Now it would be deceptive if I were to paint a flawless image of Valor. You see another pattern emerged. Let’s just say kids weren’t too responsible with keeping their masks on. It might horrify some of you to know most kids didn’t bother to wear their mask above their nose. Even more horrifying, no teachers called out any of these habits! I can’t throw everyone under the bus, but it was a consistent theme. 

     I kept in mind many questions which I had whilst going through the shadow day. In history class I was strangely reunited with an old elementary school friend, his name is Zac Brooks. From the brief conversation we had I took away two things which I think capture much of the unseen spirit of Valor. Zac told me one, “It’s not as rich of a school as it seems”, and secondly, “We don’t recruit.”

     In French I was met with a pleasant surprise. I saw none other than the cheery smiling face of Avery Lang, an Arapahoe student last year. She has transferred to Valor and it was amazing to catch up with how she’s been adapting to Valor. (She likes it very much). 

     Now I come to the peak of my Valor experience, lunch. There is only one way in which I can think to describe the cafeteria that I found myself in, (especially when compared to our own). It’s the Hogwarts great hall of all highschool cafeterias. The ceiling is rounded with massive wooden beams which come into three triangular points. There’s tall glass windows which frame a hill top view of the outside world. And each meal the cafeteria serves something new and hot. On that day it was some sort of jambalaya. The specialness of even a thing so average

Valor Christian High School Profile (2020-21) | Littleton, CO

as their lunch seemed overwhelming to me, but maybe that was just my small outsider perspective. My best friend once again wasted no time and after eating we began the journey of me meeting everyone I could. As we travelled the campus and circulated the arts building I noticed the landscape of laid back attitudes each friend group had. Instead of eating in the ‘Great Hall’ most choose some random hallway or corner to eat in which consequently added an inclusive warm feeling to the school. 

     Though nearly at the end of the day, before Valor was done with me, it had to show off a few more surprises. My shadow leader quickly led me to all of the arts rooms. It’s like they indulged in every fantasy an artist of any field could dream up. The perfect atmosphere, the perfect equipment. It felt like a carnival man advertising, “Give me any career, any, and I will offer you the best of the best. Don’t believe me? How about T.V production? We’ve got a whole studio for that! (Complete with a news broadcasting set) Graphic design? I have an entire wing of the building decorated and stocked with things that will take your creativity beyond the moon!” (Once again the ambiance was that of a professional graphic design studio.) In short I could roam endless hours in Valors class rooms, even through the spaces made for subjects I couldn’t care less about.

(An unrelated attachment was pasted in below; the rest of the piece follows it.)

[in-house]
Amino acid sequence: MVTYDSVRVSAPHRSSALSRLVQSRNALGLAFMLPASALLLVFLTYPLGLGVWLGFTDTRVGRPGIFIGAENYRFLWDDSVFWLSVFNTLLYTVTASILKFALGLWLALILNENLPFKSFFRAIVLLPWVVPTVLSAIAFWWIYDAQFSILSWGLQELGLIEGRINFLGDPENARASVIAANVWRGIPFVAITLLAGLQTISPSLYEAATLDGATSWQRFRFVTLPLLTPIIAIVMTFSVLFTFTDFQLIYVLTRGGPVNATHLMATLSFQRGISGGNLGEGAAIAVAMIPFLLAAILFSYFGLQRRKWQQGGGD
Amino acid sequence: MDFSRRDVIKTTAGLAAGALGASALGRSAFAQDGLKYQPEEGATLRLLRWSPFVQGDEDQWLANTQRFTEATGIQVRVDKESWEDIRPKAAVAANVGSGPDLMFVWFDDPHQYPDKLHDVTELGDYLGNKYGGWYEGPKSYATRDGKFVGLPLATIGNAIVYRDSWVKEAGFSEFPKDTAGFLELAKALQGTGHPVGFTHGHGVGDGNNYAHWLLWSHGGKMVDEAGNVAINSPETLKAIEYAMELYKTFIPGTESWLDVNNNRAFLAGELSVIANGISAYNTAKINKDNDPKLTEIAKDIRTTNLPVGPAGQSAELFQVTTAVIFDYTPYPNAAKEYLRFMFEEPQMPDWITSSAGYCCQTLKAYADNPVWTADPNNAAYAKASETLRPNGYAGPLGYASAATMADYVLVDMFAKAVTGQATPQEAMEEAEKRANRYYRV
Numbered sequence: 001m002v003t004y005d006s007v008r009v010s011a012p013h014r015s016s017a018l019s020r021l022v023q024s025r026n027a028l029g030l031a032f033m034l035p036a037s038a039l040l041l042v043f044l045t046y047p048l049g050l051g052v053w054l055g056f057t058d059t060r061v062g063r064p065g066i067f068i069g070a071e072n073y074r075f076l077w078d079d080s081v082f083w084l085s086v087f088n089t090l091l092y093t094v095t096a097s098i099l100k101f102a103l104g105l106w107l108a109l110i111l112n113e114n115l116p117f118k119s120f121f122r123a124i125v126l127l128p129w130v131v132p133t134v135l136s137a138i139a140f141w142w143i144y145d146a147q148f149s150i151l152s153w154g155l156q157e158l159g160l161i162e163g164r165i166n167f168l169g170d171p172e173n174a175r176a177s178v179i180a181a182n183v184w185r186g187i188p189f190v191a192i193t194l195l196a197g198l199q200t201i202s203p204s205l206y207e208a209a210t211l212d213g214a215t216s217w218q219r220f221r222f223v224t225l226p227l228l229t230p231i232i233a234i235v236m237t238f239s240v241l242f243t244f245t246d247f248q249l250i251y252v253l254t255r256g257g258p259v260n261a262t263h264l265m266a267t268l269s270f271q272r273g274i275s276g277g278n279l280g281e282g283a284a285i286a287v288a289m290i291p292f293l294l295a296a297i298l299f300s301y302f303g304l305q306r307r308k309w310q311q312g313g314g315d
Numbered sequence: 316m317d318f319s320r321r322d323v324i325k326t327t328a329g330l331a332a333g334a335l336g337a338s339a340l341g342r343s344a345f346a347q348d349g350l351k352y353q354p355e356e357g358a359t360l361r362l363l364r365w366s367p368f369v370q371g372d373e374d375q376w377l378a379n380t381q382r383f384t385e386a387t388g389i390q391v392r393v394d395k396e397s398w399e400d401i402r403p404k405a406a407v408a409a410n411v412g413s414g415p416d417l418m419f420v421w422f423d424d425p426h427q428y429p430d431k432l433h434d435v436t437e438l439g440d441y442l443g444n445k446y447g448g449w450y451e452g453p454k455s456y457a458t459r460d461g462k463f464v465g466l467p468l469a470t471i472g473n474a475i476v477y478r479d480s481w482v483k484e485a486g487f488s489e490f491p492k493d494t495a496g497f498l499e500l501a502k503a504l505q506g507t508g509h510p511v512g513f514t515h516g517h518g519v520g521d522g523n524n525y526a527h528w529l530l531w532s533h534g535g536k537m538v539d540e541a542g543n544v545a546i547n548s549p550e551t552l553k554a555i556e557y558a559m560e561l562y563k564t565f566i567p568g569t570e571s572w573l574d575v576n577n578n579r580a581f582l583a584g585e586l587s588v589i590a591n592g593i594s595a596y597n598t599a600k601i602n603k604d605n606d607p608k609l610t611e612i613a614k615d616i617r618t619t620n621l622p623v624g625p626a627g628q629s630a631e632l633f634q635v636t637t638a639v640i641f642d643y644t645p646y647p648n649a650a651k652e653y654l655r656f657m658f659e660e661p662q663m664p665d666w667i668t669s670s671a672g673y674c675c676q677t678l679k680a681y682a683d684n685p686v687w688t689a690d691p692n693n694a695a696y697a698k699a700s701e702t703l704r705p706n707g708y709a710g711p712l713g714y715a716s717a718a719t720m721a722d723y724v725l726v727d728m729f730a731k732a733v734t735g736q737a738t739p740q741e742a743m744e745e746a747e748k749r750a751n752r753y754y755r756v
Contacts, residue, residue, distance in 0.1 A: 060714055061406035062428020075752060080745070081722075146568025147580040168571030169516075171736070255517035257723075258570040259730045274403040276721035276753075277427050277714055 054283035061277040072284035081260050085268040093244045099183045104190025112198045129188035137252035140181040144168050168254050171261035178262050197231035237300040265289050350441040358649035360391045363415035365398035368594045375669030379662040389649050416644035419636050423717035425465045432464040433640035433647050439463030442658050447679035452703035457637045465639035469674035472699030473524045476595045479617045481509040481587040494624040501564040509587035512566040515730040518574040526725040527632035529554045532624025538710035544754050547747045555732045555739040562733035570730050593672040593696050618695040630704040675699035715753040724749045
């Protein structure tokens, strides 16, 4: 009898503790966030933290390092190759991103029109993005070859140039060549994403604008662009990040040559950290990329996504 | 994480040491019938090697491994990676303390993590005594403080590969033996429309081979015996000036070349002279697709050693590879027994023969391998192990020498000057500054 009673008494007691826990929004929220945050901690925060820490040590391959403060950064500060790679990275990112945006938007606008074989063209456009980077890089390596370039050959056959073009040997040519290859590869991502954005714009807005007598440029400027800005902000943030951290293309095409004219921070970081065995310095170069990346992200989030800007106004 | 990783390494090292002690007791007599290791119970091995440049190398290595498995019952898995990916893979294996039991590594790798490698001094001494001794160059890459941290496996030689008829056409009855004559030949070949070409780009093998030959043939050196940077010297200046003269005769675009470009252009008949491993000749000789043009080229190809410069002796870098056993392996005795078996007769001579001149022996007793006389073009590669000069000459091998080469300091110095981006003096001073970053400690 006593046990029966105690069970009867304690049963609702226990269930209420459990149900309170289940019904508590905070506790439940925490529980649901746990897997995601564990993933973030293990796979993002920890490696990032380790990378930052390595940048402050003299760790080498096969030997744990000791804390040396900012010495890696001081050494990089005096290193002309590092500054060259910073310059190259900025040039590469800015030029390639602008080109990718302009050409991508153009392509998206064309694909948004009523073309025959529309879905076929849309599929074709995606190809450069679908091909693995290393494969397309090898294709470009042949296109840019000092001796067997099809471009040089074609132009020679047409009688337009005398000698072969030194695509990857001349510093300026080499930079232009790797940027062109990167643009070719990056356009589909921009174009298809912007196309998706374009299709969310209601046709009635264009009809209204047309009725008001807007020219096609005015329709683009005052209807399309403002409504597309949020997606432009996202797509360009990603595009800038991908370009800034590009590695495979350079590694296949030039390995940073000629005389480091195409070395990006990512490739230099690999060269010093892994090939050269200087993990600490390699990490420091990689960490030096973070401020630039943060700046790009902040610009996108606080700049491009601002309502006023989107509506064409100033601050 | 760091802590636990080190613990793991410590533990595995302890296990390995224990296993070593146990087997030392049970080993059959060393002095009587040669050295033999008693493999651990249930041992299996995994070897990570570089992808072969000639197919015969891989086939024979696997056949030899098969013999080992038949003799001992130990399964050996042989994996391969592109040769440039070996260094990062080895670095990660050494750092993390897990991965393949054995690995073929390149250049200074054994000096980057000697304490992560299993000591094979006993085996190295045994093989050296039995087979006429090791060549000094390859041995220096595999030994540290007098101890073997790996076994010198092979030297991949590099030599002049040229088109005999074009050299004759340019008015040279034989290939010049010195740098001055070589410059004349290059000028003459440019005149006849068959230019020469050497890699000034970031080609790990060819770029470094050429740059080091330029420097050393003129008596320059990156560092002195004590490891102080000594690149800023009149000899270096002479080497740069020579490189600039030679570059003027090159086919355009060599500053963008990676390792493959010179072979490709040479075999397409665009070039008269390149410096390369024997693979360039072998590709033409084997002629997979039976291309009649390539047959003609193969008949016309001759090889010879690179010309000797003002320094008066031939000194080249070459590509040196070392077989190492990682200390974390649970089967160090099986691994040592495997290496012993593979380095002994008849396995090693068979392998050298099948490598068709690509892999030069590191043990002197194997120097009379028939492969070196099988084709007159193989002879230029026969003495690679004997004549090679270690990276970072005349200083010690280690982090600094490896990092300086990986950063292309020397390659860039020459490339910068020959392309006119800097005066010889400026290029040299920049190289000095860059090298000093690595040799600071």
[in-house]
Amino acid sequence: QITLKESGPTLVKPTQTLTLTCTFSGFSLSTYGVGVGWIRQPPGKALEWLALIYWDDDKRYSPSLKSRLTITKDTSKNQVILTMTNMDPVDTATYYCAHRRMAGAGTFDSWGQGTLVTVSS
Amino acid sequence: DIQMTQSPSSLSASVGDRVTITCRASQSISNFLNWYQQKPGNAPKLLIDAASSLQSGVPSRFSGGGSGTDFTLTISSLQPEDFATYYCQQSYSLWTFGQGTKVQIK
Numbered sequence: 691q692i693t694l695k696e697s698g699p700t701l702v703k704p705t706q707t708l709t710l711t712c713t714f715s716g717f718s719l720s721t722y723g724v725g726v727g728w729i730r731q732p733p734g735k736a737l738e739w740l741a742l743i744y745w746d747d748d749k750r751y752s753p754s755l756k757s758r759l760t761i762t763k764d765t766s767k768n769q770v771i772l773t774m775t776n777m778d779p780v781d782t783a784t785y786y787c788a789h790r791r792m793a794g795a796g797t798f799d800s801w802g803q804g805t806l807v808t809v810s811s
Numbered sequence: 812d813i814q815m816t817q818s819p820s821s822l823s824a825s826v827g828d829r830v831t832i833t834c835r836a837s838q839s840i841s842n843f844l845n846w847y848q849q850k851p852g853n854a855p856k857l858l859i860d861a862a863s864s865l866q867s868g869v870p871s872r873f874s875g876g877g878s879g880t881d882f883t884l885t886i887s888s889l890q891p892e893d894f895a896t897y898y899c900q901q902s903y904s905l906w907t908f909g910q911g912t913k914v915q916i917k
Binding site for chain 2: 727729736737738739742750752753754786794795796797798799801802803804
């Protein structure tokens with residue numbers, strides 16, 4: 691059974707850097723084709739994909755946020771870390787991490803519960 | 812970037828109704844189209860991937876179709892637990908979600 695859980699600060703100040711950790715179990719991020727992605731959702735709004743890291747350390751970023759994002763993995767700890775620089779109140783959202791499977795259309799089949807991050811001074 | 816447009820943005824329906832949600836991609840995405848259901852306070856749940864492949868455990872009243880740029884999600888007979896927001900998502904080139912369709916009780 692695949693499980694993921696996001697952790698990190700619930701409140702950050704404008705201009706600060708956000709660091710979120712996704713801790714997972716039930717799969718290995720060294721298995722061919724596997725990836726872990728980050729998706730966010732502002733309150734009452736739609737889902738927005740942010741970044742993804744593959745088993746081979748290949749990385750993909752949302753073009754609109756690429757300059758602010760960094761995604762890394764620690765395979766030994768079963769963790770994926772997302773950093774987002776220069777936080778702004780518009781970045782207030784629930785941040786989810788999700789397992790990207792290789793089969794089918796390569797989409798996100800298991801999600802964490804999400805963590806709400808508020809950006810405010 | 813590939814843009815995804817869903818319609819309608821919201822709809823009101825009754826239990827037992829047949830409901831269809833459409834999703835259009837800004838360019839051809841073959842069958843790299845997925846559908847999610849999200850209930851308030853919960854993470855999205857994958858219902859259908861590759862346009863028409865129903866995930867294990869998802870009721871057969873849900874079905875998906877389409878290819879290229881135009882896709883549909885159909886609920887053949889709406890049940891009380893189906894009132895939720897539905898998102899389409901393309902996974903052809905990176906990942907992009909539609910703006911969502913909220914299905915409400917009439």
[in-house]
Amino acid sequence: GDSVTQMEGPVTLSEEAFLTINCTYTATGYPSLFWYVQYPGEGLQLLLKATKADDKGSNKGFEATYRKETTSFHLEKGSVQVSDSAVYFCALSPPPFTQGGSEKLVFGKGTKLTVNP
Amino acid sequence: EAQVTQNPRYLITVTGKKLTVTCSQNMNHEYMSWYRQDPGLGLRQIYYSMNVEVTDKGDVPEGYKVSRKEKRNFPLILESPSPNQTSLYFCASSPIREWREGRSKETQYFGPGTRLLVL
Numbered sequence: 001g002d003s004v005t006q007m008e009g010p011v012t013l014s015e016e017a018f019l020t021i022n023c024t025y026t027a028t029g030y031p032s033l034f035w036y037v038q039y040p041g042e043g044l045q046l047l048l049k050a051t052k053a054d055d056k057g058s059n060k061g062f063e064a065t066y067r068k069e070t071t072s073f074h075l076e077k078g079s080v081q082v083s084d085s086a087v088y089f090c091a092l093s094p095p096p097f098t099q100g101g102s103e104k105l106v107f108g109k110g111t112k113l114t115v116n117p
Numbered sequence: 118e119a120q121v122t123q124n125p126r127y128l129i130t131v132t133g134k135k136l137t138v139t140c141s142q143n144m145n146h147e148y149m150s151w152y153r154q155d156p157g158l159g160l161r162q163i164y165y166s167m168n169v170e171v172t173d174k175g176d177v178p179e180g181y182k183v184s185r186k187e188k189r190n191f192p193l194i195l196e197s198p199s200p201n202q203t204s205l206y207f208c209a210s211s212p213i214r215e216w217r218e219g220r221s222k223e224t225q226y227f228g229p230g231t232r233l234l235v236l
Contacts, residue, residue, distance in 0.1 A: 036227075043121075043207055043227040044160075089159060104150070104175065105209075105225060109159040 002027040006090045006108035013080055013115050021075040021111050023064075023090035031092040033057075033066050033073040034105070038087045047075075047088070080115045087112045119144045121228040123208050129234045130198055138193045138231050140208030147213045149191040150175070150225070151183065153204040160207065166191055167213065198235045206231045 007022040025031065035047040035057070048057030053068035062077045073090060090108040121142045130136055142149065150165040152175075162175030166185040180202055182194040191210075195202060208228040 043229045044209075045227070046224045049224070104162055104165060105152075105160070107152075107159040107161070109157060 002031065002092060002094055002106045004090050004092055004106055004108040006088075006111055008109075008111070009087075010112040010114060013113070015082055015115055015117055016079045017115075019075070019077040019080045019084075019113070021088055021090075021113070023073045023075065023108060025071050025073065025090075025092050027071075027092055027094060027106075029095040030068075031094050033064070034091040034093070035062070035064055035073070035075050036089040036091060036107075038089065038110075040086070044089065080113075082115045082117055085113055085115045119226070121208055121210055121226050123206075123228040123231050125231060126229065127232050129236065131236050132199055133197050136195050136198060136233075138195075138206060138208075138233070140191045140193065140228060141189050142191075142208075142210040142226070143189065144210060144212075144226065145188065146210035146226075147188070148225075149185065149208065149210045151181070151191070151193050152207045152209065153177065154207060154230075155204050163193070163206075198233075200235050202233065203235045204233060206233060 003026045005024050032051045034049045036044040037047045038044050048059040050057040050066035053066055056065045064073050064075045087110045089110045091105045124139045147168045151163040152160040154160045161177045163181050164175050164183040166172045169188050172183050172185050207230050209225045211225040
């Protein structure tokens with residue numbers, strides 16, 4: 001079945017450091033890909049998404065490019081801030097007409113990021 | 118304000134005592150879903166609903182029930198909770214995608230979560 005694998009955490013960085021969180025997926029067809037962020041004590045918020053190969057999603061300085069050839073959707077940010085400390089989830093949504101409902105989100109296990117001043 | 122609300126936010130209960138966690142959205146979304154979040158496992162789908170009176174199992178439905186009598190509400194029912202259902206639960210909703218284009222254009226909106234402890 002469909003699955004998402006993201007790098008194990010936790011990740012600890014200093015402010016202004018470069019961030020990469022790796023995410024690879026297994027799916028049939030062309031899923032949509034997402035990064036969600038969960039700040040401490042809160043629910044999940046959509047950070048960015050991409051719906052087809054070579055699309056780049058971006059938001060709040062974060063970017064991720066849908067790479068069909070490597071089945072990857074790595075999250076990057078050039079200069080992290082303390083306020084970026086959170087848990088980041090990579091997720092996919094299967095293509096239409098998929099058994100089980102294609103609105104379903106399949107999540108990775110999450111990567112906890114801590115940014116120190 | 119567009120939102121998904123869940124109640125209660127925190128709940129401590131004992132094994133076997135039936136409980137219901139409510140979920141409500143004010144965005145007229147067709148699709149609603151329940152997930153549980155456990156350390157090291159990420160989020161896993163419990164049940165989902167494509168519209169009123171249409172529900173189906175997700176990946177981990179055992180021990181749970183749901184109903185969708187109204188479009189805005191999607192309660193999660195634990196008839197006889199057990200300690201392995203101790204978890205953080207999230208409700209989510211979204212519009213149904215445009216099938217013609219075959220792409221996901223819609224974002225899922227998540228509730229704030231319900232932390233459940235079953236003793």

Photo by @virginaskyephotography out television production? 


      Being at Valor didn’t answer my questions, only fueled them with more opposing ideas and images of what it’s ‘really like’. However, one voice of balance between all the stigma came from Sarah Simphson. She’s a sophomore who gave some words of wisdom on the matter when I asked her what she would tell us Arapahoe students. “I would just say like yes, there are a lot of kids at Valor who are rude and full of it, but for the most part everybody’s really nice so I would say maybe don’t judge too quickly,” she said. I think Sarah pretty much tied up the wandering opinions of Valor into a slogan for it’s students.

     This experience brought to mind one reigning question, why should these kids be presented with foundations of immense opportunities to an extent seemingly far greater than ours? Why? By the end of the day I had found my answer. While not everyone at Valor is a prodigy by any stretch of the imagination, the platforms and connections to people, students are presented with seems to kinder the spirit of each highschooler and incline them to push themselves academically, athletically and in the arts. For some students Valor may be the peak of their lives, but it seems like most of them are using their privilege to boost a future full of possibilities. And rather than seeing these things and thinking to yourselves, I’m hopeless because I don’t have the same access, move forward with a little glimpse into what amazing careers and futures which await anyone, (I mean anyone) who searches a little, and taps into the potential they have. So rather than dreaming lustfully for a different reality, I don’t think you don’t need to use not going to Valor as an excuse. Use it as a mile marker that you pass on the path of success you will surely achieve.